In it’s simplest definition, e-commerce is the online transaction of business, featuring linked computer systems of the vendor, host, and buyer. Electronic transactions involve the transfer of ownership or rights to use a good or service. (export.gov/sellingonline/whatisecommerce.asp).
There are two main types of e-commerce. The first, and most common, is business to consumer (B2C), which as the name implies, involves e-businesses providing goods and/or services to end consumers. Common examples of popular B2C e-commerce include Amazon.com, BestBuy.com, and NewEgg.com. On the other side of the e-commerce spectrum, we have business to business (B2B) e-commerce, which is the electronic transactions between multiple businesses, and does not involve common products or consumers. B2C e-commerce has been changing the way people shop and conduct business online for well over ten years, and has become a significant staple in the way modern retail giants attract and maintain loyal consumers from all over the globe. The number of online e-tailers (electronic retailers) continues to grow each and every year, and new marketing strategies are constantly being developed by businesses to ensure that their products are ultimately being found online and purchased by the end-user. Pay Later
This growth is being spawned by the mere fact that more and more people are buying online each year. Looking back at the first quarter of 2004, the U.S. Department of Commerce reported that $15.5 billion was spent online, an increase of 28.1% from the first quarter of 2003. This sales figure accounted for 1.9% of total retail sales that quarter. Going forward, the progress of retail e-commerce has all but slowed, with online sales increasing no less that 25% each year until the first quarter of 2007, where an estimated $31.5 billion in online spending was reported. Worth noting, however, is that while total e-commerce sales increase, also increasing is total retail spending as a whole. Keeping this in mind, the most effective way to gauge the increasing impact of e-commerce on retail is to look at the percent of total retail that was conducted online. As previously mentioned, 1.9% of retail sales were made online in the first quarter of 2004. This number increases in each first quarter over the next 3 years: 2.2% in 2005, 2.7% in 2006, and 3.2% in 2007. At this rate of increase, one can only assume that by the year 2020, roughly 10% of all retail business will be conducted online.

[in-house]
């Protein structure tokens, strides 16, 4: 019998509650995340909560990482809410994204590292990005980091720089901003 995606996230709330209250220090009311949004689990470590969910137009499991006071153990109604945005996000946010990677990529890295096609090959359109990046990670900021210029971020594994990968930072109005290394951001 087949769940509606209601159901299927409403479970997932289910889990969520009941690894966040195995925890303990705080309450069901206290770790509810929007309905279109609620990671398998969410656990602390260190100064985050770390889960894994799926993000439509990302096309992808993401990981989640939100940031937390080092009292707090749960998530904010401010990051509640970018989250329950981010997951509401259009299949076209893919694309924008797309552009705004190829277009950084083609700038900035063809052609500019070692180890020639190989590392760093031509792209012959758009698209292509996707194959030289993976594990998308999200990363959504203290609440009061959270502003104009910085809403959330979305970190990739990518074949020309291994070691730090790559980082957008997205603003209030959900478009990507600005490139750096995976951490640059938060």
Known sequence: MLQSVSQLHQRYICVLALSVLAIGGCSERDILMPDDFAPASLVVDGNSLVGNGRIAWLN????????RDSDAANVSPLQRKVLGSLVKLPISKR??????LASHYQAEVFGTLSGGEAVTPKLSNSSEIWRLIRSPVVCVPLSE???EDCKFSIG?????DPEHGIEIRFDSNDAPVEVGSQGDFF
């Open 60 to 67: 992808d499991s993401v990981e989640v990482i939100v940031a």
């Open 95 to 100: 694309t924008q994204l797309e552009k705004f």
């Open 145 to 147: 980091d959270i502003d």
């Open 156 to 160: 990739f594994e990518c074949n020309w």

As a result of this online shopping phenomenon, both commercial and independent brick and mortar shops are looking to integrate e-commerce solutions into their business models in an attempt to compete with the evolving marketplace, yet are falling behind as a result of poor site design, faulty programming and functionality, or weak marketing efforts. In order to effectively sell online, e-tailers need to be able to look at what their site offers through the eyes of the average consumer and come to grips with the fact that running a store online is essentially no different than a physical brick and mortar shop.